Saturday, October 24, 2015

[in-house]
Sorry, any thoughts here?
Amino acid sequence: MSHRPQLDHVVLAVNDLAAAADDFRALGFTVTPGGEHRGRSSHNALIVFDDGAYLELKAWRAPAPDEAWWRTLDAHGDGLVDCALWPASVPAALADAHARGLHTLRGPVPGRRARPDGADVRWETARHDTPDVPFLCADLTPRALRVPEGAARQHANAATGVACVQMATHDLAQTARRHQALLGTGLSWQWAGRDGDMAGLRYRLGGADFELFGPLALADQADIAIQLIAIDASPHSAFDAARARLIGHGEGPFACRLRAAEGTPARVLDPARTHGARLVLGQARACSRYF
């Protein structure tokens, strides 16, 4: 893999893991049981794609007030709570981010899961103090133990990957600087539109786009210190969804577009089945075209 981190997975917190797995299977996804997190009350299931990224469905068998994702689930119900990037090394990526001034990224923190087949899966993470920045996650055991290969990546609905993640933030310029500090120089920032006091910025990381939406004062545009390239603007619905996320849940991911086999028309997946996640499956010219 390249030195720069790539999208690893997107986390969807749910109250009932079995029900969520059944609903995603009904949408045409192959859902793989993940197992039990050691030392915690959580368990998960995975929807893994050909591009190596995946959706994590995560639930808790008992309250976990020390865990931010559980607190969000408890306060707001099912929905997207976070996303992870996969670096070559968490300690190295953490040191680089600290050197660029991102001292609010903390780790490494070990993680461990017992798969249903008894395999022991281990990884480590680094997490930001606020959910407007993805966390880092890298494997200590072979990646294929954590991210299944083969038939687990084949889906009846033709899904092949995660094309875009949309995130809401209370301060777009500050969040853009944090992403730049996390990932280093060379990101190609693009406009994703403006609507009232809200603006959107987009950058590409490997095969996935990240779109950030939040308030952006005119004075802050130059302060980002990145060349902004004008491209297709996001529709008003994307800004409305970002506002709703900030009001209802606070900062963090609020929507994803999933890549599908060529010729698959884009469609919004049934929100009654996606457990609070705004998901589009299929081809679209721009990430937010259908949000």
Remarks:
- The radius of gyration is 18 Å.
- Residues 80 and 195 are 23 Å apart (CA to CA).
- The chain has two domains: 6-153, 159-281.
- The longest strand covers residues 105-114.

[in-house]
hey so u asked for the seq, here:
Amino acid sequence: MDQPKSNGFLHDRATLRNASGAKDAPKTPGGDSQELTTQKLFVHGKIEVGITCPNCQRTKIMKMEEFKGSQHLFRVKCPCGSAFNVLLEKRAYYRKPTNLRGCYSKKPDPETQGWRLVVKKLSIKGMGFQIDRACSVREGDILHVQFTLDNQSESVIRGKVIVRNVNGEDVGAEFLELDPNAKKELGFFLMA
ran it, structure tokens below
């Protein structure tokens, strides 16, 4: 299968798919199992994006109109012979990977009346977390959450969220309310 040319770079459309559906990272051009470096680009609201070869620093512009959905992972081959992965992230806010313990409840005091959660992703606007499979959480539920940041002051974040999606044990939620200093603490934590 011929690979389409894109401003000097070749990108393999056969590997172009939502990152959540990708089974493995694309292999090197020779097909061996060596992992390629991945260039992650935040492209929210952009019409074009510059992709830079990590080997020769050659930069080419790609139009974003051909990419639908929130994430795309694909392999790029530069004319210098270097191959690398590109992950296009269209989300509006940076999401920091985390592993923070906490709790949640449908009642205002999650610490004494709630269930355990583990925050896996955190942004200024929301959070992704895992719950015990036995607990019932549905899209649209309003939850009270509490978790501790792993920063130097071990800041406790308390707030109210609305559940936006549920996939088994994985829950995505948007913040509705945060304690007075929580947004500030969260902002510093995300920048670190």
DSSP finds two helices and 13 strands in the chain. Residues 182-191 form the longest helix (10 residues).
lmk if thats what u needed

It is time to begin harvesting persimmons. My Ichi Kei Ki Jiro Asian persimmon tree continues to pump out lots of fruit. Unlike native American persimmons, this is a non-astringent persimmon (learn about your tree before you plant it, as there are astringent, Asian persimmons). If you have ever eaten an underripe, American persimmon, you know what "astringency" means. The flavor is unpalatable, and I find it leaves a sticky, persistent, plastic-like coating in my mouth and on my tongue. Definitely unpleasant. An American persimmon is usually considered ripe when it falls off the tree, after a heavy frost or freeze. However, unless you're vigilant and good at collecting them, they can easily spoil on the ground or animals can get to them first. But these Asian, non-astringent persimmons are marvelous. They can be eaten while still crispy, like an apple, which is my favorite way to eat them. You could also wait until they soften and have a pudding-like texture. They tolerate the cold and will cling on the tree, still edible, through November or December. I also enjoy dehydrating slices of these persimmons. They get very sugary when they are dry and make a great snack. And the skin is edible too! The fruit is totally seedless, the tree is very easy to care for. Sound too good to be true? Nope!